'Family Guy': MacFarlane's universes
Seth MacFarlane continues his slow expansion over the Sunday night schedule on Fox. It’s like a well-played game of Risk. First he solidified his hold on the 9 p.m. slot with “Family Guy,” which is like, say, taking over all of Asia. Sure there’s been some ups and downs, getting canceled or losing Ural, but once you have it secure, you’re getting those seven extra pieces per turn. Then you can’t help but branch out.
Four seasons ago, MacFarlane captured the 9:30 p.m. slot, or Europe, with “American Dad!” (Did you know there was an exclamation point in the title? No? Me either).
Then Sunday night as the 2009-10 season kicked off, MacFarlane seized the 8:30 continent with “The Cleveland Show.” All that’s left is the good old 8 p.m. “The Simpsons,” which sits there like Australia, but like any experienced Risk player will tell you from his parents’ basement, you can never overtake Australia. It’s there for good.
The night of premieres started off with the first episode of “The Cleveland Show.” Word got out last year that the Griffin family’s deli-owning neighbor from across the street was going to get his own show. Cleveland himself even mentioned it to Quagmire while they were chained up in the basement during an episode last fall. Tonight was the night when Cleveland finally made his move. After losing his house to his ex-wife and having Peter crash into his bathroom for the final time, Cleveland decides to pack up all his belongings and his formerly thin, hyperactive/now overweight, soft-spoken son to follow his dream of being a baseball scout in California.
If you’ve heard anything about the show or watched the opening title sequence, you know Cleveland’s life doesn’t quite pan out that way. Instead, he ends up in his fictional hometown of Stoolbend, Va., married to his high school sweetheart and combining families into their own “Brady Bunch,” though without the gay architect father and sexual relationship between mother and oldest son, as Cleveland points out.
“The Cleveland Show” is the first true spinoff of “Family Guy.” The creators have dropped hints that “American Dad!” and “Family Guy” exist in the same universe, but crossovers have been limited to the hypothetical scenario played out in the “Stewie Kills Lois” episode. “The Cleveland Show” stays pretty close to “Family Guy” sensibilities. They have a couple cut-away jokes, the foursome of neighbors hanging out and drinking, and the child that’s far advanced for his age. It feels much more like an extension of MacFarlane’s original show. I’m sure it’ll find its own voice soon enough, but for now, the “Family Guy”-and-a-half vibe it has works just fine.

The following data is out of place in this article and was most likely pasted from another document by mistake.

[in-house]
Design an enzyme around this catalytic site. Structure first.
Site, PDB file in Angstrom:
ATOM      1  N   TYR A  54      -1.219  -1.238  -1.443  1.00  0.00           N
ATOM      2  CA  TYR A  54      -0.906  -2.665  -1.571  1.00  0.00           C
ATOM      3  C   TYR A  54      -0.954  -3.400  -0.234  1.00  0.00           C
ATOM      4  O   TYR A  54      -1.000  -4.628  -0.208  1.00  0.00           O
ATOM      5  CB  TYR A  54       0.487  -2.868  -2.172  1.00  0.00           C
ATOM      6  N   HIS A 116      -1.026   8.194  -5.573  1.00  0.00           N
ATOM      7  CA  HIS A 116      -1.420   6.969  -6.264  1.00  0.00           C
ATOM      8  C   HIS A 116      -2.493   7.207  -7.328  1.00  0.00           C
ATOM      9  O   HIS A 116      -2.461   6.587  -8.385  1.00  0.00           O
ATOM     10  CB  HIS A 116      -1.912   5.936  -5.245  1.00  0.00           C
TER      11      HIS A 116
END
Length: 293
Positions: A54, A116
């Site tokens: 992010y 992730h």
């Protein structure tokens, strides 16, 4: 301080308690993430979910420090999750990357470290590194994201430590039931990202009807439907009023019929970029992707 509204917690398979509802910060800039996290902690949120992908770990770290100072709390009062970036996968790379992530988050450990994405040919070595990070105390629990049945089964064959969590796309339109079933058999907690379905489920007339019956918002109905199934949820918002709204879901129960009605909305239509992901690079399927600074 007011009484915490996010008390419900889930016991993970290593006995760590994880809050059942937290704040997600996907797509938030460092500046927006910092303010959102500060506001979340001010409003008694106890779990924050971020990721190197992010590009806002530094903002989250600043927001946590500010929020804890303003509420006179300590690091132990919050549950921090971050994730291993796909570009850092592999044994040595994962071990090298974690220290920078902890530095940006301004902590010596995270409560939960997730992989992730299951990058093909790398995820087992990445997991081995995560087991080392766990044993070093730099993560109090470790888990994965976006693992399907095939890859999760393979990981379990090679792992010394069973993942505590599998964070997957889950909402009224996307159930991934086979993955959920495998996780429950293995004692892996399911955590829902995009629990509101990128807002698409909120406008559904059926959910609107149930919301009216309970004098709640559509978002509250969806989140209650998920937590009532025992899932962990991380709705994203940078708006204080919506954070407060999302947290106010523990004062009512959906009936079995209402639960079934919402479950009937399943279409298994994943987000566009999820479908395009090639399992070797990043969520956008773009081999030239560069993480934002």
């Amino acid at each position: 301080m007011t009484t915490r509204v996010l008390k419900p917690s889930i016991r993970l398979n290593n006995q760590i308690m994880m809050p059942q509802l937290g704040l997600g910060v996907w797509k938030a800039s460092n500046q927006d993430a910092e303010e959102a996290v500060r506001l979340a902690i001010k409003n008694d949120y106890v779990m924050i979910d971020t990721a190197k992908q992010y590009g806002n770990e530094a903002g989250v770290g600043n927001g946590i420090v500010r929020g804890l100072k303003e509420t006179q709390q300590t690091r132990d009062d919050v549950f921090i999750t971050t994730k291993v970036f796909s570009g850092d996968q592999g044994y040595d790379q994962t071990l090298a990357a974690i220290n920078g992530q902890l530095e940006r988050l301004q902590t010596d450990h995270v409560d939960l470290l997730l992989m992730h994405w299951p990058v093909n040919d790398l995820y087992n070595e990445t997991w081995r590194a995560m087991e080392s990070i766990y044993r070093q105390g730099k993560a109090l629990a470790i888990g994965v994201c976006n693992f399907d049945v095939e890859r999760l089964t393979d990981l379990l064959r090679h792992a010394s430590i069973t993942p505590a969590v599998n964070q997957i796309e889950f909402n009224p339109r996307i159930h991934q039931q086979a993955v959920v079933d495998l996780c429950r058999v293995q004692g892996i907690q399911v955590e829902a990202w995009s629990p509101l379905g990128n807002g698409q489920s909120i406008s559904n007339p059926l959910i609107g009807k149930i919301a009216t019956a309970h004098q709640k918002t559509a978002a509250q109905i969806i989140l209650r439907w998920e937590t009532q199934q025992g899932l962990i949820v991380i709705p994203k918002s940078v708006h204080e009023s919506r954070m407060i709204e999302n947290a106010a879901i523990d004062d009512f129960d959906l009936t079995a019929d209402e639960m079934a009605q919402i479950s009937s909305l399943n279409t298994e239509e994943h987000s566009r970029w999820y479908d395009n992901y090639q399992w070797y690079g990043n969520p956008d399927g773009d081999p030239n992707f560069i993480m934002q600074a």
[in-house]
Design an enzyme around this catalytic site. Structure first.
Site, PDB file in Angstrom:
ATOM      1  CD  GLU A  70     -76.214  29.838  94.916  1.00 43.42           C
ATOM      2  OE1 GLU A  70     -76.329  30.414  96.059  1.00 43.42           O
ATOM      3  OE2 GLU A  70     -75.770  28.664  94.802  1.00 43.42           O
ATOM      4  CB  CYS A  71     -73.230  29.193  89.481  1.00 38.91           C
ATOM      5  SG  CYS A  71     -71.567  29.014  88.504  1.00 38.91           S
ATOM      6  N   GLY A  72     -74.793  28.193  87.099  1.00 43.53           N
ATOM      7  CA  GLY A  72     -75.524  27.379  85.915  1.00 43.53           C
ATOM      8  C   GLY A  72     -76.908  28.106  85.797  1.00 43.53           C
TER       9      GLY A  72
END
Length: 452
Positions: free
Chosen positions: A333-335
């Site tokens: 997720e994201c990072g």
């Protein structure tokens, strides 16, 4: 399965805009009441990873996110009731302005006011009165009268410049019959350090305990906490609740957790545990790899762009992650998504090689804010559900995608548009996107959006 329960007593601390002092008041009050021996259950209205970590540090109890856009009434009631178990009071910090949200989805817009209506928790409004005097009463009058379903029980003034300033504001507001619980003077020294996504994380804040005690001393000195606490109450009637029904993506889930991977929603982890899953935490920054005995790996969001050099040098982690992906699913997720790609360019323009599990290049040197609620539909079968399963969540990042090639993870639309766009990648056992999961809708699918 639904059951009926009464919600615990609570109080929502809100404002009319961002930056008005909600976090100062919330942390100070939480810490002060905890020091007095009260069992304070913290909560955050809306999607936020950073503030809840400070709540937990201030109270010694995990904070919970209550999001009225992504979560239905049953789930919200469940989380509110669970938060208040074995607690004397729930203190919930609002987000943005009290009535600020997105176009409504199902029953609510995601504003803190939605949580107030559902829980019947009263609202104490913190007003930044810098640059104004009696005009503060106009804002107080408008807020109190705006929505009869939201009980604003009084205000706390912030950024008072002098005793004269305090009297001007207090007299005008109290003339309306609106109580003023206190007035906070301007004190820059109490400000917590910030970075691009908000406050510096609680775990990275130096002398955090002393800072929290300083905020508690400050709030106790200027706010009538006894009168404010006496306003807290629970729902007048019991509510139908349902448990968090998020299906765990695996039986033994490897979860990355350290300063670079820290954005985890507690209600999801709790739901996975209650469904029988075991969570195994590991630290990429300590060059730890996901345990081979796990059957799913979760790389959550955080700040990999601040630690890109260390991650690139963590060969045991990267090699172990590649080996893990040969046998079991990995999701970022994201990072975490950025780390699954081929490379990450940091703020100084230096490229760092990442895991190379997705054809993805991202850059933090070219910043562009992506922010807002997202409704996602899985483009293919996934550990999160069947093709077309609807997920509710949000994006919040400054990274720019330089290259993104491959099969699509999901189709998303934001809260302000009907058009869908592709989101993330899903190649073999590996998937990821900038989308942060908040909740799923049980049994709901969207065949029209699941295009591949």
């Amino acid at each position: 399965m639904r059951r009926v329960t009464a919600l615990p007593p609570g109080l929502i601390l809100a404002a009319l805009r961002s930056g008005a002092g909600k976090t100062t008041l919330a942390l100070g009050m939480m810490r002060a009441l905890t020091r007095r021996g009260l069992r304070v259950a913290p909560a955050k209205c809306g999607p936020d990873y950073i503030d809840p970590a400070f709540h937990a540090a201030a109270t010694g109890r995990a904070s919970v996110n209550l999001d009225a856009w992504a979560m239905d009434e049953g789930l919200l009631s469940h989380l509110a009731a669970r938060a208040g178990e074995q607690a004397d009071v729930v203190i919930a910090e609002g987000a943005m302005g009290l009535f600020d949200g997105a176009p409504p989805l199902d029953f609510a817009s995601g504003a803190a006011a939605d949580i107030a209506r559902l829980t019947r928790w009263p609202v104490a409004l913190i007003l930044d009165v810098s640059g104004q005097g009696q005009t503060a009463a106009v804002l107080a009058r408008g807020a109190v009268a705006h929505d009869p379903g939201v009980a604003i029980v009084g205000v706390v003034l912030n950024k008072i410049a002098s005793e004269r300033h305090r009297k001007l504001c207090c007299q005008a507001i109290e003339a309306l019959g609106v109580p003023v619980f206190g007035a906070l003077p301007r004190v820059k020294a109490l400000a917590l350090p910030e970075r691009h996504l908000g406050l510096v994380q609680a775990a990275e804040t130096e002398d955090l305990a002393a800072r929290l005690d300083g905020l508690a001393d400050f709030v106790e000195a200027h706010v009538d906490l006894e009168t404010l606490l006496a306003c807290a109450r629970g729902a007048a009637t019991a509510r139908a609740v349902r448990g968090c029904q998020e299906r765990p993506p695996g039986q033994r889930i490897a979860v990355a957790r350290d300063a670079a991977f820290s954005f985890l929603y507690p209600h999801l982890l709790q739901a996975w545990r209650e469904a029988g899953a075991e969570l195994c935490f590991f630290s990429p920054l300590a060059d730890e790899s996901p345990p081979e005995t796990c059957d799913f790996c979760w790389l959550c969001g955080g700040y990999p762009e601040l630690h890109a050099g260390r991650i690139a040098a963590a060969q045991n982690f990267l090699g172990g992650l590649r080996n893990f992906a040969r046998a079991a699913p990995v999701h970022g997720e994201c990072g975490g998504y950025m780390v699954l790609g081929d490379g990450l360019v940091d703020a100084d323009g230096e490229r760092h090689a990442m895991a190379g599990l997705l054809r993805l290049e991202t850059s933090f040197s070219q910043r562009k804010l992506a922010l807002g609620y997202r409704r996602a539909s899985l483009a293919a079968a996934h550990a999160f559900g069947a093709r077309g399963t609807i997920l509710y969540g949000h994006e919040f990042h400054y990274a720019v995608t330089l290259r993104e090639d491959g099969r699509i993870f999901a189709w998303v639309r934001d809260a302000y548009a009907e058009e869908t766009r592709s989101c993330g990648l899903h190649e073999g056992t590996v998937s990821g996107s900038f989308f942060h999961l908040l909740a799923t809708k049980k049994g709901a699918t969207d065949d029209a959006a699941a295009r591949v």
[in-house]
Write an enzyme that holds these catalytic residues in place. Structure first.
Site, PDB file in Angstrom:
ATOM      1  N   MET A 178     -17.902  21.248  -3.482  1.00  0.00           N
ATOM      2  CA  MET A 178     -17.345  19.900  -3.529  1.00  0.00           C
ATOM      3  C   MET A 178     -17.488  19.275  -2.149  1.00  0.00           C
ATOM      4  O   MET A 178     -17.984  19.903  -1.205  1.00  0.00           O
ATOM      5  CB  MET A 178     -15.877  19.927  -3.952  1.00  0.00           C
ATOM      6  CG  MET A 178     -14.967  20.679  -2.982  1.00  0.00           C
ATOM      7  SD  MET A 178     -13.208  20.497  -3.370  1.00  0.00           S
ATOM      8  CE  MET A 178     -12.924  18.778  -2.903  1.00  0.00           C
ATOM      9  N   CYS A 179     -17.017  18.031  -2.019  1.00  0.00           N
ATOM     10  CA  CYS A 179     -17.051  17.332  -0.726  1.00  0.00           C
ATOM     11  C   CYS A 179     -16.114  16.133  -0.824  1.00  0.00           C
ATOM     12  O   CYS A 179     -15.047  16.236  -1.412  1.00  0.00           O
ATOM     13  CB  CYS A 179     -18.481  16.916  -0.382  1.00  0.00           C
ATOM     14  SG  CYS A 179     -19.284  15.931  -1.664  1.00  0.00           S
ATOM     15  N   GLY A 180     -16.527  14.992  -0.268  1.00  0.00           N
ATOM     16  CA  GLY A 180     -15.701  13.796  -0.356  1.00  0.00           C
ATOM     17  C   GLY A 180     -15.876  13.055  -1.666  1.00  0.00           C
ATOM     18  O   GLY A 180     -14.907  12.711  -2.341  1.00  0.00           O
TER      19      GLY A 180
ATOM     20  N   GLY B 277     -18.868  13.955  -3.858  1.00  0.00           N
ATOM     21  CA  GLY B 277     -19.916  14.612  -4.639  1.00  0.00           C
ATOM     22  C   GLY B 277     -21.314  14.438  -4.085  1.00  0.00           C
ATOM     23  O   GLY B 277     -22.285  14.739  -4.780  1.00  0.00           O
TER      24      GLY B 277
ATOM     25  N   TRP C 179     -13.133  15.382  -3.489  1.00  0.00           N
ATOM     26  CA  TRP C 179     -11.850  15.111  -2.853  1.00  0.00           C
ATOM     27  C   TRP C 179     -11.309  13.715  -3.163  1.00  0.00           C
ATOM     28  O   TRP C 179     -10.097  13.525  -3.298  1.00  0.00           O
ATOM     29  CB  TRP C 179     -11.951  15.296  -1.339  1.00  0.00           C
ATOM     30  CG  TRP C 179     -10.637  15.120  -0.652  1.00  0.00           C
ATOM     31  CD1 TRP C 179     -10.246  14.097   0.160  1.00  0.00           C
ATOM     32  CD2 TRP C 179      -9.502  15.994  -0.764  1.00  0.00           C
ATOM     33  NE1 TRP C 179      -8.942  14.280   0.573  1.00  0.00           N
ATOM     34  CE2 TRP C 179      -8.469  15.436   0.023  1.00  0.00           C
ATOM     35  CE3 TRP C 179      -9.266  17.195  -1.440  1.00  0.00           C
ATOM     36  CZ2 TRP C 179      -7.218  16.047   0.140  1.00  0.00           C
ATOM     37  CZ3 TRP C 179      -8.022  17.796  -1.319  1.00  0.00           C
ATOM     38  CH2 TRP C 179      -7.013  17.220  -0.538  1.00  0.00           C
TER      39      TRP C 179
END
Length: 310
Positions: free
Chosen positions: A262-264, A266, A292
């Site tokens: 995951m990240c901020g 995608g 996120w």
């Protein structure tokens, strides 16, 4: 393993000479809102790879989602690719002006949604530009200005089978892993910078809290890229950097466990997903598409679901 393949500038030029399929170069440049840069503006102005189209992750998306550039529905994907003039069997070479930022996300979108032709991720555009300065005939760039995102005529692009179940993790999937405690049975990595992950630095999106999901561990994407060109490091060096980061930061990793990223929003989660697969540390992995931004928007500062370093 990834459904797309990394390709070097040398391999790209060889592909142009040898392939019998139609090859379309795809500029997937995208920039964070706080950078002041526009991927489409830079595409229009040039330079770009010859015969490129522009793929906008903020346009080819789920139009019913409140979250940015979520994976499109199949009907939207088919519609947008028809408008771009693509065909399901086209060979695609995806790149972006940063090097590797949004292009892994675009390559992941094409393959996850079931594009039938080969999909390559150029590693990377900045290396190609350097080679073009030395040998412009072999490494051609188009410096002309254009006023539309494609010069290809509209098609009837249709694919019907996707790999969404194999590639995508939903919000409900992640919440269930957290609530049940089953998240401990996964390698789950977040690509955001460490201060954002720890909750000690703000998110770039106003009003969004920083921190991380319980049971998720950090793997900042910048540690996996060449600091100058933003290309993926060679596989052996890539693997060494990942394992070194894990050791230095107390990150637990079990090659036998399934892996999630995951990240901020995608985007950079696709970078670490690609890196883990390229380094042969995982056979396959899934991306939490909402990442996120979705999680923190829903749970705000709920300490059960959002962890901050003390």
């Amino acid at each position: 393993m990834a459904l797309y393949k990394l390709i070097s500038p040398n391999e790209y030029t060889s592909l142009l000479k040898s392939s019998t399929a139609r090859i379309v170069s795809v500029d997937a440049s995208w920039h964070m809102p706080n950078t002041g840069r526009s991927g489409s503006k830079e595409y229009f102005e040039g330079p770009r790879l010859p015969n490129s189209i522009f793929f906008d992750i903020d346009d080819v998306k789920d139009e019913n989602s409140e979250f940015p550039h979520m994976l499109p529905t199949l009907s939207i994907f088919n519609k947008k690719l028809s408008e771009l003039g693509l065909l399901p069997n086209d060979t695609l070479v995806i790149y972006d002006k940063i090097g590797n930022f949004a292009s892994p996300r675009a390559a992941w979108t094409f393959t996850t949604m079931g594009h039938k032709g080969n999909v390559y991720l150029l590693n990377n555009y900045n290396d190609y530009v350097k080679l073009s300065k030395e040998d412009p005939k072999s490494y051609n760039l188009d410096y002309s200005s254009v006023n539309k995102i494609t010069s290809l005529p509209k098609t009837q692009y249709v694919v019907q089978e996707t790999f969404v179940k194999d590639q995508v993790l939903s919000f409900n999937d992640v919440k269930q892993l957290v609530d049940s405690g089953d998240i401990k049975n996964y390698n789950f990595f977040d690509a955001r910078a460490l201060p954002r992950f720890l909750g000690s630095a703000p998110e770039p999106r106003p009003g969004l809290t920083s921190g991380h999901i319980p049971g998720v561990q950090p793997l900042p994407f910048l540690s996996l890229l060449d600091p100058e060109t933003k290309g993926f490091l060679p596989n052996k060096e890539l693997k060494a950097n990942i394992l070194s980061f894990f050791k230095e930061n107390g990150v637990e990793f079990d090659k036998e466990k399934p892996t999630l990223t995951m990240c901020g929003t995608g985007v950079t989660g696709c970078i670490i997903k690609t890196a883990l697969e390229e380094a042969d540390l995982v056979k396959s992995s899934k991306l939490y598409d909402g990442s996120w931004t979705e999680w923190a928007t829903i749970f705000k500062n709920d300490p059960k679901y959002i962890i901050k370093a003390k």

“Family Guy” starts its eighth season off with an animator’s dream. Or nightmare, depending on how you look at it. Stewie and Brian have a “Sliders”-like device to slip between parallel universes, and they’re soon off on another road trip episode. They bounce through worlds styled like the “Flintstones,” Disney films and Washington Post cartoons, and even stop in for a “Robot Chicken” ribbing, though the one crossover I would have loved to see would have been with “Fringe.” That Fox show is dealing with multiple universes as well this season. It would have been funny to see Stewie and Brian run into Agent Olivia Dunham between realities.
Finally, “American Dad!” did a wonderful job of re-creating guys re-creating wars. I don’t know what I liked more, the constant references to Vietnam War movies, complete with “Fortunate Son” by Creedence Clearwater Revival and “White Rabbit” by Jefferson Airplane, or the details of reenactments, like the ceiling fan on the golf cart helicopter and the guy yelling from off-screen that “pine cones are grenades.” My favorite moment had to be Buckle writhing in pain while Steve walked away spouting voice-over. Every time he kept twitching in the background, I laughed.
Most obscure reference: In the Washington Post cartoon universe, Stewie spots an overweight cat with dollar signs for eyes and a hat that says "social security" pouring a bucket that says “alternative minimum tax” over a sad Statue of Liberty holding a democracy umbrella. I have no idea what that means, which seems to be pretty spot on.
Most possibly offensive joke of the night: Mayor McCheese getting assassinated instead of JKF in one of the “Family Guy” multiverses. Not so much the bullets ripping through his sesame seed bun head as for Jackie O climbing up on the trunk to chow down on his delicious remains. Even Brian throws out that it might have been in bad taste, but Stewie writes it off because he’s only a cheeseburger. It still takes the award for the evening.
Through lines: “The Cleveland Show” and “American Dad!” seemed to share a moment of avian appreciation when characters in both shows stopped their vehicles to let ducks cross. Though the bird love when only so far, seeing as Maxine did prepare ortolan, a truly sadistic recipe that involves poking out the bird’s eyes and drowning it in brandy, then eating its bones, beak and all with a napkin over your head -- forever reminding us that no matter how crazy/out there something these writers come up with, they’ll never top some of the crazy/out there things that already exist in the world.
-- Andrew Hanson
Photo credit: Fox Television